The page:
Wednesday, June 13, 2007

So What Is It All About, Really?

Classical music, I mean. Well, this first article isn't about specifically classical music, but the general audience response to it. I really have nothing to add, but the general gist is: "Why do audiences these days feel the need to applaud loudly and to give a standing ovation to every performance?"
I think that a lot of people feel uninformed about classical music, and so if one person stands up and cheers, they feel like they should too. I don't often stand up on my own - unless someone I know is onstage. What kind of crap mentality is that?

But in the grand scheme of things, the only thing that this habit is hurting is the feedback for the performers. Or maybe music critics have taken the place of direct audience feedback?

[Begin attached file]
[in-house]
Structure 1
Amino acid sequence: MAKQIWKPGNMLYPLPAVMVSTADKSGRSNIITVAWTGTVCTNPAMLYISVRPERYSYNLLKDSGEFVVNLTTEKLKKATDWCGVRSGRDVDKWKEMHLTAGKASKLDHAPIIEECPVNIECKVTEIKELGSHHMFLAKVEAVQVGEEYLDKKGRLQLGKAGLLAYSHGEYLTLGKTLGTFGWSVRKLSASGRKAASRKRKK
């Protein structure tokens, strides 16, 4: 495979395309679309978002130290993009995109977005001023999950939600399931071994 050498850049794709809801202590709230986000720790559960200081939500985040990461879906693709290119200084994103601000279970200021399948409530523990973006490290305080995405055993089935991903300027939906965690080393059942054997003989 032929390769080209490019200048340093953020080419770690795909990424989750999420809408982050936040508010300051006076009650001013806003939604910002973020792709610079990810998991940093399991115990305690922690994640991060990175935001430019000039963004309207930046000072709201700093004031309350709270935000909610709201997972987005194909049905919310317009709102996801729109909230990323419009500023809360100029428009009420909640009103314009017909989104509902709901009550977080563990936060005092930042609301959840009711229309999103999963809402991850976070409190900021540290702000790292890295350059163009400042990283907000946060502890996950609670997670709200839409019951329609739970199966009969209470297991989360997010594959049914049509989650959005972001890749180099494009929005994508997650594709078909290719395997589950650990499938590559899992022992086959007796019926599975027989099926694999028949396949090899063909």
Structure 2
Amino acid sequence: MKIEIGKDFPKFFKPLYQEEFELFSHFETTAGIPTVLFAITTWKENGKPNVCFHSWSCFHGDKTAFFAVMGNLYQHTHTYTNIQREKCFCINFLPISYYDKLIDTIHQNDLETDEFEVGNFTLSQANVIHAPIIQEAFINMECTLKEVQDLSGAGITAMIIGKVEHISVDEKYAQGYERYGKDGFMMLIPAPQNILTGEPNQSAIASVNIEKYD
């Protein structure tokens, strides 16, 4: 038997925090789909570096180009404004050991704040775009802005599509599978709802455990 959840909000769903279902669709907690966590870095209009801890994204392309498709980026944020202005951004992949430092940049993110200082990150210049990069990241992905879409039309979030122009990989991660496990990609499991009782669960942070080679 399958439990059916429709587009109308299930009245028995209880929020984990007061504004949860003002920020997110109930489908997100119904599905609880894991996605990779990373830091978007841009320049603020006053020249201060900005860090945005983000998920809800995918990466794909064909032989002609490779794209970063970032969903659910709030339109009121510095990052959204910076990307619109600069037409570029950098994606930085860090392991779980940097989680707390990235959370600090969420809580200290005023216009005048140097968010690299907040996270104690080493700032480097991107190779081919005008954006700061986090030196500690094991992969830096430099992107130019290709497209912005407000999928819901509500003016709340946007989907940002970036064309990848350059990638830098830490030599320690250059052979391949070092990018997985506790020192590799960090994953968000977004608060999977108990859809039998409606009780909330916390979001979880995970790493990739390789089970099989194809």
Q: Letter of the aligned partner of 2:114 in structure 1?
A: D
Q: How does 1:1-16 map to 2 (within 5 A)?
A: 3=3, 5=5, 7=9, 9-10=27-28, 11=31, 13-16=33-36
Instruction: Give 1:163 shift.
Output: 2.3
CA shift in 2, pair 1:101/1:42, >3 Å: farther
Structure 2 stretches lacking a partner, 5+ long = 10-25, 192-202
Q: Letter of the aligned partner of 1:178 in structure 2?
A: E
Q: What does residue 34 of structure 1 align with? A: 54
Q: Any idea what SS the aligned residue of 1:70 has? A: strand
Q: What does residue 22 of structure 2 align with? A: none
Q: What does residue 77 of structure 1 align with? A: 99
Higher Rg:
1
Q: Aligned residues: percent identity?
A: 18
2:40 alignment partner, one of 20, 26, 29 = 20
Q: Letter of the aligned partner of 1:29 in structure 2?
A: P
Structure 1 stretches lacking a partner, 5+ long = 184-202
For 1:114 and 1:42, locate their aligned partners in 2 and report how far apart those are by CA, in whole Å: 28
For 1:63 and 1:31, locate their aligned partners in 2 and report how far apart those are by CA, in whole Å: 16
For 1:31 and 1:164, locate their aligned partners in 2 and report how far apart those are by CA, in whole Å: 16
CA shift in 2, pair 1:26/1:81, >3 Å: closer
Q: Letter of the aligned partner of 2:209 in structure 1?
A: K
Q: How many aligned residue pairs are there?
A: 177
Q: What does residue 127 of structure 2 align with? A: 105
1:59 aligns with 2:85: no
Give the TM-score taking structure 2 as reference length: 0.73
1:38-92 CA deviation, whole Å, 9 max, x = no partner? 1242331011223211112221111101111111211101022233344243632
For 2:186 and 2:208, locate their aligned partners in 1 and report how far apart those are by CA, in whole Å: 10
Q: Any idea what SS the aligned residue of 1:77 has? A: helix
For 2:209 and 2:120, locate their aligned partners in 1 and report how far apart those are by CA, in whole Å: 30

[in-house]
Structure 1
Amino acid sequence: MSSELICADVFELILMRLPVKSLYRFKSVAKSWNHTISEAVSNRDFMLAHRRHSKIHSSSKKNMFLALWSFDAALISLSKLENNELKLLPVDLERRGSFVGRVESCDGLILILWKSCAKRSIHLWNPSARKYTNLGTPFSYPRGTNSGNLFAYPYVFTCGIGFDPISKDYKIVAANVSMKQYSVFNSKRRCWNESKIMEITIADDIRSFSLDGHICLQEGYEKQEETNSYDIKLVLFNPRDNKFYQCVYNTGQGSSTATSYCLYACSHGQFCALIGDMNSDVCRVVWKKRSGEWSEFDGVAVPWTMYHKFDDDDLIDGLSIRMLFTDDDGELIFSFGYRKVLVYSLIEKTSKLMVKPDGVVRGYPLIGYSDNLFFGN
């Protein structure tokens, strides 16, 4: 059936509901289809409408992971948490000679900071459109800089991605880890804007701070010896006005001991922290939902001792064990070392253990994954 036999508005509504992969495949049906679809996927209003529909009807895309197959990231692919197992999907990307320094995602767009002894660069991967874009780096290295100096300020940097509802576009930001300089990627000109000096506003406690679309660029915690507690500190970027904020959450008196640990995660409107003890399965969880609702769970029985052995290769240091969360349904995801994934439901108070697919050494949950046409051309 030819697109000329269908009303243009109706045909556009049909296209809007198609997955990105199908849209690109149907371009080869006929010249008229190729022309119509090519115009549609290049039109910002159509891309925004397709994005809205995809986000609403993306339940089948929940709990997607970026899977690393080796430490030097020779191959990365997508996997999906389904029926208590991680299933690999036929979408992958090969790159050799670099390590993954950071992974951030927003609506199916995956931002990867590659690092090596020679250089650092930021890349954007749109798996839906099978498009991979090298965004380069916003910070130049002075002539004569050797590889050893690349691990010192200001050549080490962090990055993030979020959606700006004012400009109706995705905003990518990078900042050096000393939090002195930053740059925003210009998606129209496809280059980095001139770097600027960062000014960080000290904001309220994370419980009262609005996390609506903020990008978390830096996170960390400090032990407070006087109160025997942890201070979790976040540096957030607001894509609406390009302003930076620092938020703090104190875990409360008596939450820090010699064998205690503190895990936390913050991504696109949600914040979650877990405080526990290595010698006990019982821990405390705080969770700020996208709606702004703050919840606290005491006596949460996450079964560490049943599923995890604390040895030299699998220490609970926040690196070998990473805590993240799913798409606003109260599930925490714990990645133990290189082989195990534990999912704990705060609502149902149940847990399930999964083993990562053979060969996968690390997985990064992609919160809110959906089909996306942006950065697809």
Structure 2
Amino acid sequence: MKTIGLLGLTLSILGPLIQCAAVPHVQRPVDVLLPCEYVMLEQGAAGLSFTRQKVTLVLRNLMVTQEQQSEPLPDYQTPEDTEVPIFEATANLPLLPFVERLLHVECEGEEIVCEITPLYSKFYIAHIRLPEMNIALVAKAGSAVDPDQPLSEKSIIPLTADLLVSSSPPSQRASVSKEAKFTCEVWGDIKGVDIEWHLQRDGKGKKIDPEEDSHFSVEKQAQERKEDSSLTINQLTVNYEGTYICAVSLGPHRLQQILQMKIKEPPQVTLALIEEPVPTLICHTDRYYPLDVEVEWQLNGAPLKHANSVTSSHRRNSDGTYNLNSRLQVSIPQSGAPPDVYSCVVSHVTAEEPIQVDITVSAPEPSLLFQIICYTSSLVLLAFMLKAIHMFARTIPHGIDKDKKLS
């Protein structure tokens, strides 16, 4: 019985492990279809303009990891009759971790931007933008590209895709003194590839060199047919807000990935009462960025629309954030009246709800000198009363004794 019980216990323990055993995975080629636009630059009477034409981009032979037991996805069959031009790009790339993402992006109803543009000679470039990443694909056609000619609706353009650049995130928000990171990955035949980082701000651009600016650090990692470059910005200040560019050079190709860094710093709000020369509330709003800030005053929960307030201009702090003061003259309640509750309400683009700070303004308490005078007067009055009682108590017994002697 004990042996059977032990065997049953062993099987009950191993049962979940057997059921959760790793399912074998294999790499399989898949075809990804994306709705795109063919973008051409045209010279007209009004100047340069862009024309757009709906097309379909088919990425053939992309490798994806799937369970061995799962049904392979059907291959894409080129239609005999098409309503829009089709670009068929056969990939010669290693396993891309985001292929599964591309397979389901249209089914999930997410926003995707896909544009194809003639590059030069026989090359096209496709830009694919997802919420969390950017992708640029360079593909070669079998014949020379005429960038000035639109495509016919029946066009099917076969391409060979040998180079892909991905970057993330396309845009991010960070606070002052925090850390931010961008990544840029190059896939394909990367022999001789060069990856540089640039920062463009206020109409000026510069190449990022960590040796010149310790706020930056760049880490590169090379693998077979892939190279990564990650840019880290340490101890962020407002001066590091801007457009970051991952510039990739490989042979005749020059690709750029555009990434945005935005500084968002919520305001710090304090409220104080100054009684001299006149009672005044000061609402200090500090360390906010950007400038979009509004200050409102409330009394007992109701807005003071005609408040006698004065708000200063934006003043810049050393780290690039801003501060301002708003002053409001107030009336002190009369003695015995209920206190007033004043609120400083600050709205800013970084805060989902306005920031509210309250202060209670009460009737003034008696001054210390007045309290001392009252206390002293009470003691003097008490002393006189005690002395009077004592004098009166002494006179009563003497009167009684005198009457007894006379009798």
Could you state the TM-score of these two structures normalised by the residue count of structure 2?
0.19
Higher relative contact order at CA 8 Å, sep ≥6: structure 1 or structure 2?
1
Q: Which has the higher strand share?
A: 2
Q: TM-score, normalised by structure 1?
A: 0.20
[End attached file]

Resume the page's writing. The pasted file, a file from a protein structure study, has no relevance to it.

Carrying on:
And in a lot of ways, isn't it true that classical composers don't necessarily want the approval of their audiences? Historically, what is at first received poorly goes on to be more famous ( Stravinsky's Rite of Spring, jazz, Beethoven, Berlioz).

This article takes the other side - what happens when audiences can't stand the music. I kind of feel like it's their right to express their displeasure. It makes things a little more entertaining. Maybe if I was on stage during a performance like that one I wouldn't feel the same way. At least the audience is involved to some degree, instead of just falling asleep until the piece they want to hear.

On a completely different note, Scout Niblett is awesome (and it's not just her name). This video especially shows some of her stuff with more interesting harmonic progressions. It would be fun to analyze sometime.

No comments: